Extensive flooding hit the Lynchburg, Va., area during 2018.

Eying Natural Disasters, Virginia's Governor Signs Resilience Executive Order

It calls for designating Virginia's secretary of natural resources as the chief resilience officer of the Commonwealth, a review of the vulnerability of Commonwealth-owned buildings, development of a Virginia coastal resilience master plan, a review of pre-disaster mitigation programs, and a review of compliance with flood protection and dam safety laws.

Virginia Gov. Ralph Northam recently signed an executive order to increase the state's resilience against sea level rise and natural disasters. He signed the order during the 6th Annual Conference of the Virginia Coastal Policy Center at the College of William & Mary Law School; it specifies actions the Commonwesalth of Virginia will take to limit the impact of flooding, extreme weather events, and wildfires.

Among them are designating Virginia's secretary of natural resources as the chief resilience officer of the Commonwealth, a review of the vulnerability of Commonwealth-owned buildings, development of a Virginia coastal resilience master plan, a review of pre-disaster mitigation programs, and a review of compliance with flood protection and dam safety laws.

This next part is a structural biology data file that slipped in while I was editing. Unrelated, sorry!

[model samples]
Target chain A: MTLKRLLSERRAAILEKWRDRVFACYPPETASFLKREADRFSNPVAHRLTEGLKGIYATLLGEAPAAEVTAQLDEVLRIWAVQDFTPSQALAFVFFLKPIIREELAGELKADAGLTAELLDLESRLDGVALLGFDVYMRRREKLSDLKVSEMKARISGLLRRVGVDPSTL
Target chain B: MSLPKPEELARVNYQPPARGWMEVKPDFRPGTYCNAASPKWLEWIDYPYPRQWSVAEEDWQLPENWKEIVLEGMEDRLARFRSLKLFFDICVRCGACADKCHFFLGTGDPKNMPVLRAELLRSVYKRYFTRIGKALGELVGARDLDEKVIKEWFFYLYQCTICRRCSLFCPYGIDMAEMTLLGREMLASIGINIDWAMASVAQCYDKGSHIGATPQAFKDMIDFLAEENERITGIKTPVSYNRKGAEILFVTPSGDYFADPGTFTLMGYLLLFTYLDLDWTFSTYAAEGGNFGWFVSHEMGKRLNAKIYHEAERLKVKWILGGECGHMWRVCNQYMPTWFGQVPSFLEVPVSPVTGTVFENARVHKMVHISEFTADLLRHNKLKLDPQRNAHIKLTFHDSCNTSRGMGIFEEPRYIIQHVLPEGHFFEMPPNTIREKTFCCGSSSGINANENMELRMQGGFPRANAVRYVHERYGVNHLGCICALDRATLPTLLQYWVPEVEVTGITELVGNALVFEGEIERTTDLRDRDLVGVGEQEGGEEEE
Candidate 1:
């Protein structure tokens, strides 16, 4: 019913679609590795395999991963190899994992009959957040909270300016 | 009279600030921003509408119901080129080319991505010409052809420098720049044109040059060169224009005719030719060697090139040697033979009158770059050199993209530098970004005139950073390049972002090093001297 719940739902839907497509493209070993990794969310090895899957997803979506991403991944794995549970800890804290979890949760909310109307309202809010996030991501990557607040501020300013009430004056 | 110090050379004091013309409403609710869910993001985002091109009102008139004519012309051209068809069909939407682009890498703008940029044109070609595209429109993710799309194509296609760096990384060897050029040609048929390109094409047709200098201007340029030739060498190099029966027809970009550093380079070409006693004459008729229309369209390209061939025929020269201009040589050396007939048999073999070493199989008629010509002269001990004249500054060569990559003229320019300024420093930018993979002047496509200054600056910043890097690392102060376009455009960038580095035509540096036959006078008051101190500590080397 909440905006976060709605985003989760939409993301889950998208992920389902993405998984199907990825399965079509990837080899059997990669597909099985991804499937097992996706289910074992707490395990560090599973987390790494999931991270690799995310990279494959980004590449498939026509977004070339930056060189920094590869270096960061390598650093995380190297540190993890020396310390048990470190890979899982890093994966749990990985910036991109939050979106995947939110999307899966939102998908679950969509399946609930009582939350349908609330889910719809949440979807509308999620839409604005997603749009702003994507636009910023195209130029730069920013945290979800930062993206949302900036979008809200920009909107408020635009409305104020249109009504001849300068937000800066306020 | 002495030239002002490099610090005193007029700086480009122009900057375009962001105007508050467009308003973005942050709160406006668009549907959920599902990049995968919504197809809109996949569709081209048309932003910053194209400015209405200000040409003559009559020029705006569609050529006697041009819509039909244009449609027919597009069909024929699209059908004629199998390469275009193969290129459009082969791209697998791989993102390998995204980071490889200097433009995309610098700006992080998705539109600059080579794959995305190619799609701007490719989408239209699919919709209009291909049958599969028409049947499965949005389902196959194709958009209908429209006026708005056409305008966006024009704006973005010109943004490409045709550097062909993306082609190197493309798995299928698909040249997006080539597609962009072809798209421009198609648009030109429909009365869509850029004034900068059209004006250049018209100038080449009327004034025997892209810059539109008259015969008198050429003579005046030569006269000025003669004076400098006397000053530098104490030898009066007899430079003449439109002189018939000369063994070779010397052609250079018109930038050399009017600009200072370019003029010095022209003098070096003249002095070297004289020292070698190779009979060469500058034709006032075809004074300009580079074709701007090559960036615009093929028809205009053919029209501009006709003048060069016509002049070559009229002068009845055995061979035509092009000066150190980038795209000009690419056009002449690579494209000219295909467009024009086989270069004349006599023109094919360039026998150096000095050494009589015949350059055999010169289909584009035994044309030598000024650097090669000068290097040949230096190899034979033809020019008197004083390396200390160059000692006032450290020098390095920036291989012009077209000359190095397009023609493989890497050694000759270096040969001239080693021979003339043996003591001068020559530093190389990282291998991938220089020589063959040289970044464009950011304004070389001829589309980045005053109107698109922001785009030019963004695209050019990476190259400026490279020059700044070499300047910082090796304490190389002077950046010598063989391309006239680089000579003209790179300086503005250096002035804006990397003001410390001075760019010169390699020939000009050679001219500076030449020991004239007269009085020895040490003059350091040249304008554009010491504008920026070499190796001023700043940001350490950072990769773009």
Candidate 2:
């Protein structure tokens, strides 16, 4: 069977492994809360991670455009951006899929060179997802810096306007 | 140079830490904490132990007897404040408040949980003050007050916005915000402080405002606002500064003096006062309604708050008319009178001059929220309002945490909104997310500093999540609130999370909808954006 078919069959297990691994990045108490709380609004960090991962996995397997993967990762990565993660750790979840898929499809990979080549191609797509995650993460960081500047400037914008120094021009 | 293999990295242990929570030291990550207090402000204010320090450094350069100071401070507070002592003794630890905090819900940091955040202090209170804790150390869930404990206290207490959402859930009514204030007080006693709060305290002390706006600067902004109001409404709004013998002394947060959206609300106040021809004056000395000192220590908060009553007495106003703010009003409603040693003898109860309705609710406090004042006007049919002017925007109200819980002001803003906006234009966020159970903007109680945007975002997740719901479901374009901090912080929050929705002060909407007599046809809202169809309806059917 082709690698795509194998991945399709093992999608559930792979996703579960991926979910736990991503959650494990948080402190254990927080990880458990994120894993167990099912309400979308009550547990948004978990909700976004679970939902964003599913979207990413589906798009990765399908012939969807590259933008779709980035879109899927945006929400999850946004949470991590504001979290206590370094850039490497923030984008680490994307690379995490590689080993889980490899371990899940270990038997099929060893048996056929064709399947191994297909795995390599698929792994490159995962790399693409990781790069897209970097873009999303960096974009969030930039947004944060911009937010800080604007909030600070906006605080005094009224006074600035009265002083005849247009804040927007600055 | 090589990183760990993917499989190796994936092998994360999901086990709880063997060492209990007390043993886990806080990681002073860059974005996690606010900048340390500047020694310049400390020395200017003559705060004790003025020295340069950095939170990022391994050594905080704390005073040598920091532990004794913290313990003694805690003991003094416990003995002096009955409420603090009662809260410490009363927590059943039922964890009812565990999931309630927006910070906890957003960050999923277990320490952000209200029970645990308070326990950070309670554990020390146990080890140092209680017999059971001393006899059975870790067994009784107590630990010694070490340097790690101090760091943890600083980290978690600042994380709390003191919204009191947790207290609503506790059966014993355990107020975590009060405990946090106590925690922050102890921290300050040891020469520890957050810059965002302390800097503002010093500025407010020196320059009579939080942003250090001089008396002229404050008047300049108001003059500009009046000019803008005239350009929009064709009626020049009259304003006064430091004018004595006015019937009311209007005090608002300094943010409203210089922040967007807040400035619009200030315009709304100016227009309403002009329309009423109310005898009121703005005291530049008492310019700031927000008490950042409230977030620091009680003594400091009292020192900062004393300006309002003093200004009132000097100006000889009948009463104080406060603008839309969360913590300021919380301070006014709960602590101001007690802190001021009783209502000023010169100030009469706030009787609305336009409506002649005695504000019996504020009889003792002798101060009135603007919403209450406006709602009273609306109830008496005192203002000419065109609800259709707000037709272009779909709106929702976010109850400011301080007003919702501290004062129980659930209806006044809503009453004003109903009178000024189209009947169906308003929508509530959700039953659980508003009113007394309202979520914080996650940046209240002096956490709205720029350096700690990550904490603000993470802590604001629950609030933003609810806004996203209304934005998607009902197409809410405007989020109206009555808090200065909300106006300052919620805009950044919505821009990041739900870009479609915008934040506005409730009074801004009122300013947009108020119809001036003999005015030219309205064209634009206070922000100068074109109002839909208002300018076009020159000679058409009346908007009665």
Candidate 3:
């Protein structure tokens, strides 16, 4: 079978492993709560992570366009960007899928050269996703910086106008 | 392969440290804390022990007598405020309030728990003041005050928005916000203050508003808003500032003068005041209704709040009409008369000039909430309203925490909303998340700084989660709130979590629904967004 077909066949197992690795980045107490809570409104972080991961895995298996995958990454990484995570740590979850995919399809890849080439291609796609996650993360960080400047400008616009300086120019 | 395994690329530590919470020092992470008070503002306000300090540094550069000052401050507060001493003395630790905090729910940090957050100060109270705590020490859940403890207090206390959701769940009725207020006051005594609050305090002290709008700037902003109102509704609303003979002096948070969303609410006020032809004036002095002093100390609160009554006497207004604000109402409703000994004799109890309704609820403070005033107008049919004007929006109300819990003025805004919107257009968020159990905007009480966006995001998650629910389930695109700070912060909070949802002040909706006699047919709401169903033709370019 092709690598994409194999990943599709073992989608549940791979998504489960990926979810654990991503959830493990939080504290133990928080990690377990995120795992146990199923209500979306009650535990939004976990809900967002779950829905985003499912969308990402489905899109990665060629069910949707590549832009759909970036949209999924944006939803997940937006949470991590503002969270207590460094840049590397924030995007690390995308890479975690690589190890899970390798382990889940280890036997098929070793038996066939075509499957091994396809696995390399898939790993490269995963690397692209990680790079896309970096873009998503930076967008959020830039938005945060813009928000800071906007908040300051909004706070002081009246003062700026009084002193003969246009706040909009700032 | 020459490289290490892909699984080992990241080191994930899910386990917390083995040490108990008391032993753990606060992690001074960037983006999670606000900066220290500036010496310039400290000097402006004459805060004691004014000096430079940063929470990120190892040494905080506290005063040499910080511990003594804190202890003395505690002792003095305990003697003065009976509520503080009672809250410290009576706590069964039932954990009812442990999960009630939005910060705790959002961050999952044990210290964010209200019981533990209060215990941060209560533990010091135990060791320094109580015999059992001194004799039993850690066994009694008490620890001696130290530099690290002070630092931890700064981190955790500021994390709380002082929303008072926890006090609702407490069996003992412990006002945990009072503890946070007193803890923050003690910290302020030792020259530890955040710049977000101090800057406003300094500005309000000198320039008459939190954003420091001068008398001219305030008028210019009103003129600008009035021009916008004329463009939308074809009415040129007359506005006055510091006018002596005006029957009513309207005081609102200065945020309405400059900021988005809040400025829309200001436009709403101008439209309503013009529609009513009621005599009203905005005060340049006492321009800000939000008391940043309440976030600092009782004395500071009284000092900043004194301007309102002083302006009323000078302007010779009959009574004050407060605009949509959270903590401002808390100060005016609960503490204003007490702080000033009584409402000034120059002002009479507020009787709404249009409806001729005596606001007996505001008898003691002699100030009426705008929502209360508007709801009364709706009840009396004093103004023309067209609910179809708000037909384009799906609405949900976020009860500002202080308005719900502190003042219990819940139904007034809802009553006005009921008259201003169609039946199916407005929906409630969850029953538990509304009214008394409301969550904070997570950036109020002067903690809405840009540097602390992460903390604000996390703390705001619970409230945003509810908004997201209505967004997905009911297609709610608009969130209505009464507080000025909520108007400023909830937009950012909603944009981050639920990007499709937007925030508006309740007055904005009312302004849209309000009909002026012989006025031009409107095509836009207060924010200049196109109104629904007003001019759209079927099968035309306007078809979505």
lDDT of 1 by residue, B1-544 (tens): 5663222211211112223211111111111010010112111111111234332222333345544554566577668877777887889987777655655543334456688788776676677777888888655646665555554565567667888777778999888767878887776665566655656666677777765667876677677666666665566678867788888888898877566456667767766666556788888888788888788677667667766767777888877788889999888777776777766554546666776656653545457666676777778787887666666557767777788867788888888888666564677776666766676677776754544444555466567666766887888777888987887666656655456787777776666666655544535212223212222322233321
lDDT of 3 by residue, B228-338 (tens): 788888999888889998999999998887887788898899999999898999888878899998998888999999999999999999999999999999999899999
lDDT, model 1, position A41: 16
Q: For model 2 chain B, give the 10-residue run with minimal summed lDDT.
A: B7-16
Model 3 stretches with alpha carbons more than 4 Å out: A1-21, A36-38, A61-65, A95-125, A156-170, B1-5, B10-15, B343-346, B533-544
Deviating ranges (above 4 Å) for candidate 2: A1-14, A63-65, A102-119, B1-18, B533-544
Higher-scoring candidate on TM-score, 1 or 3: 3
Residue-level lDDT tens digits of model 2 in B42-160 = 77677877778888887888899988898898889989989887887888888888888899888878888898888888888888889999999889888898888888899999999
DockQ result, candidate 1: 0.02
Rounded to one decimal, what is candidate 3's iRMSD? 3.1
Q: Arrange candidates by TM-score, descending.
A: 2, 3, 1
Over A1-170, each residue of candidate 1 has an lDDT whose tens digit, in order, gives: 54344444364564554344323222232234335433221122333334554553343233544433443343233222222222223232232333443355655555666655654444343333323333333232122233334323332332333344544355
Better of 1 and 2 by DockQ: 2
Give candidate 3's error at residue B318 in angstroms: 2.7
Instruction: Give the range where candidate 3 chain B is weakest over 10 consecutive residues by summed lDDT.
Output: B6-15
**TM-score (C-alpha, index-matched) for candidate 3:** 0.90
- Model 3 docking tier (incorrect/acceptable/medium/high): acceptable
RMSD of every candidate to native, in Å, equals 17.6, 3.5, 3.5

"As extreme weather events become more frequent and more intense, the safety and economic well-being of every Virginian is put at greater risk," Northam said. "The actions the Commonwealth will undertake as a result of this executive order will ensure we address this growing challenge head on, setting Virginia on a path towards resilience to near and long-term natural catastrophes and enhancing our public health and economic vitality with a whole of government approach."

"The actions described in today's executive order set the stage for major investment in planning and resilience across the state," said Matthew J. Strickler, secretary of natural resources and the Commonwealth's new chief resilience officer. "Whether it's riverine or coastal flooding, severe rain events, wildfire, or hurricanes, all will benefit from a more resilient Virginia, especially one that harnesses the benefits of natural and nature-based infrastructure to protect people and property whenever possible."

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